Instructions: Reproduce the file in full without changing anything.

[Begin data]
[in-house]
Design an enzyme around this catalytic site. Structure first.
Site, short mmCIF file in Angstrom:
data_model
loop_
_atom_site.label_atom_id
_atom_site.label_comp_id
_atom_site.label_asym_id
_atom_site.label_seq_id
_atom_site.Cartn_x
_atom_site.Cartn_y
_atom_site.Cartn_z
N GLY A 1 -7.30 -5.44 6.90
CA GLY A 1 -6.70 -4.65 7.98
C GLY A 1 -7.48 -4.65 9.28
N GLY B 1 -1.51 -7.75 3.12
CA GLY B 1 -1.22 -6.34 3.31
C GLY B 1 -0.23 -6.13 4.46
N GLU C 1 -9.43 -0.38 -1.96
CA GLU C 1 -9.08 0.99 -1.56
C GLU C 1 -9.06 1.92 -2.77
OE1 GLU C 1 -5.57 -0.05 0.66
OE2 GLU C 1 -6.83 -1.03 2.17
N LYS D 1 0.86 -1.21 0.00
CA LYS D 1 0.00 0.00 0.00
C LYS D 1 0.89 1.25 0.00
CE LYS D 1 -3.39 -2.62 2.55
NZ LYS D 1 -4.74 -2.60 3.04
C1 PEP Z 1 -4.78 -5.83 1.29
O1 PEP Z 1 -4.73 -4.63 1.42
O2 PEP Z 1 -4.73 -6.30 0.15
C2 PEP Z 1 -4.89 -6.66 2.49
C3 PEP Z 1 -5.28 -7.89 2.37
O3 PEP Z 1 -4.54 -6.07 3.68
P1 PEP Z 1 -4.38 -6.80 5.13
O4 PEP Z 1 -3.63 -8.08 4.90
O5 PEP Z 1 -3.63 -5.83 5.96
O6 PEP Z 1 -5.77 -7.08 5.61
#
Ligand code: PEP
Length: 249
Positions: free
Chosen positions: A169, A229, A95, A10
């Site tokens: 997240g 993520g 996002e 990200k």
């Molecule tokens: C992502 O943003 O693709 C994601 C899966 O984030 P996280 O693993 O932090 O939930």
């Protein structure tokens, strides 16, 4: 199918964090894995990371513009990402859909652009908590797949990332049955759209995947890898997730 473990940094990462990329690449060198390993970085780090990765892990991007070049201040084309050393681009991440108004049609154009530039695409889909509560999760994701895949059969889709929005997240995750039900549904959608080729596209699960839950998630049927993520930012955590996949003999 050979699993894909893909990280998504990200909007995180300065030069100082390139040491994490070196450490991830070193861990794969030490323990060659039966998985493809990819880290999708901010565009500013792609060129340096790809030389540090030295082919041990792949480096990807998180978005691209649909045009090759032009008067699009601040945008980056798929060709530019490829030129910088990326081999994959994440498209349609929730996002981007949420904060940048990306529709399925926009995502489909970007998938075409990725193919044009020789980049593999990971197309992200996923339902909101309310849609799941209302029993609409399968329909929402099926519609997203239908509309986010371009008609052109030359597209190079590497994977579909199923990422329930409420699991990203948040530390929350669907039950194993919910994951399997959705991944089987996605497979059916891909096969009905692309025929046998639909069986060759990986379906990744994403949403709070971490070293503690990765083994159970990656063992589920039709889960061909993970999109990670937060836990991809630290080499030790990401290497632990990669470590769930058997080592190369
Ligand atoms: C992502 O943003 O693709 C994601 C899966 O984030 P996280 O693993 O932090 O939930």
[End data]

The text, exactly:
[in-house]
Design an enzyme around this catalytic site. Structure first.
Site, short mmCIF file in Angstrom:
data_model
loop_
_atom_site.label_atom_id
_atom_site.label_comp_id
_atom_site.label_asym_id
_atom_site.label_seq_id
_atom_site.Cartn_x
_atom_site.Cartn_y
_atom_site.Cartn_z
N GLY A 1 -7.30 -5.44 6.90
CA GLY A 1 -6.70 -4.65 7.98
C GLY A 1 -7.48 -4.65 9.28
N GLY B 1 -1.51 -7.75 3.12
CA GLY B 1 -1.22 -6.34 3.31
C GLY B 1 -0.23 -6.13 4.46
N GLU C 1 -9.43 -0.38 -1.96
CA GLU C 1 -9.08 0.99 -1.56
C GLU C 1 -9.06 1.92 -2.77
OE1 GLU C 1 -5.57 -0.05 0.66
OE2 GLU C 1 -6.83 -1.03 2.17
N LYS D 1 0.86 -1.21 0.00
CA LYS D 1 0.00 0.00 0.00
C LYS D 1 0.89 1.25 0.00
CE LYS D 1 -3.39 -2.62 2.55
NZ LYS D 1 -4.74 -2.60 3.04
C1 PEP Z 1 -4.78 -5.83 1.29
O1 PEP Z 1 -4.73 -4.63 1.42
O2 PEP Z 1 -4.73 -6.30 0.15
C2 PEP Z 1 -4.89 -6.66 2.49
C3 PEP Z 1 -5.28 -7.89 2.37
O3 PEP Z 1 -4.54 -6.07 3.68
P1 PEP Z 1 -4.38 -6.80 5.13
O4 PEP Z 1 -3.63 -8.08 4.90
O5 PEP Z 1 -3.63 -5.83 5.96
O6 PEP Z 1 -5.77 -7.08 5.61
#
Ligand code: PEP
Length: 249
Positions: free
Chosen positions: A169, A229, A95, A10
């Site tokens: 997240g 993520g 996002e 990200k």
């Molecule tokens: C992502 O943003 O693709 C994601 C899966 O984030 P996280 O693993 O932090 O939930």
């Protein structure tokens, strides 16, 4: 199918964090894995990371513009990402859909652009908590797949990332049955759209995947890898997730 473990940094990462990329690449060198390993970085780090990765892990991007070049201040084309050393681009991440108004049609154009530039695409889909509560999760994701895949059969889709929005997240995750039900549904959608080729596209699960839950998630049927993520930012955590996949003999 050979699993894909893909990280998504990200909007995180300065030069100082390139040491994490070196450490991830070193861990794969030490323990060659039966998985493809990819880290999708901010565009500013792609060129340096790809030389540090030295082919041990792949480096990807998180978005691209649909045009090759032009008067699009601040945008980056798929060709530019490829030129910088990326081999994959994440498209349609929730996002981007949420904060940048990306529709399925926009995502489909970007998938075409990725193919044009020789980049593999990971197309992200996923339902909101309310849609799941209302029993609409399968329909929402099926519609997203239908509309986010371009008609052109030359597209190079590497994977579909199923990422329930409420699991990203948040530390929350669907039950194993919910994951399997959705991944089987996605497979059916891909096969009905692309025929046998639909069986060759990986379906990744994403949403709070971490070293503690990765083994159970990656063992589920039709889960061909993970999109990670937060836990991809630290080499030790990401290497632990990669470590769930058997080592190369
Ligand atoms: C992502 O943003 O693709 C994601 C899966 O984030 P996280 O693993 O932090 O939930």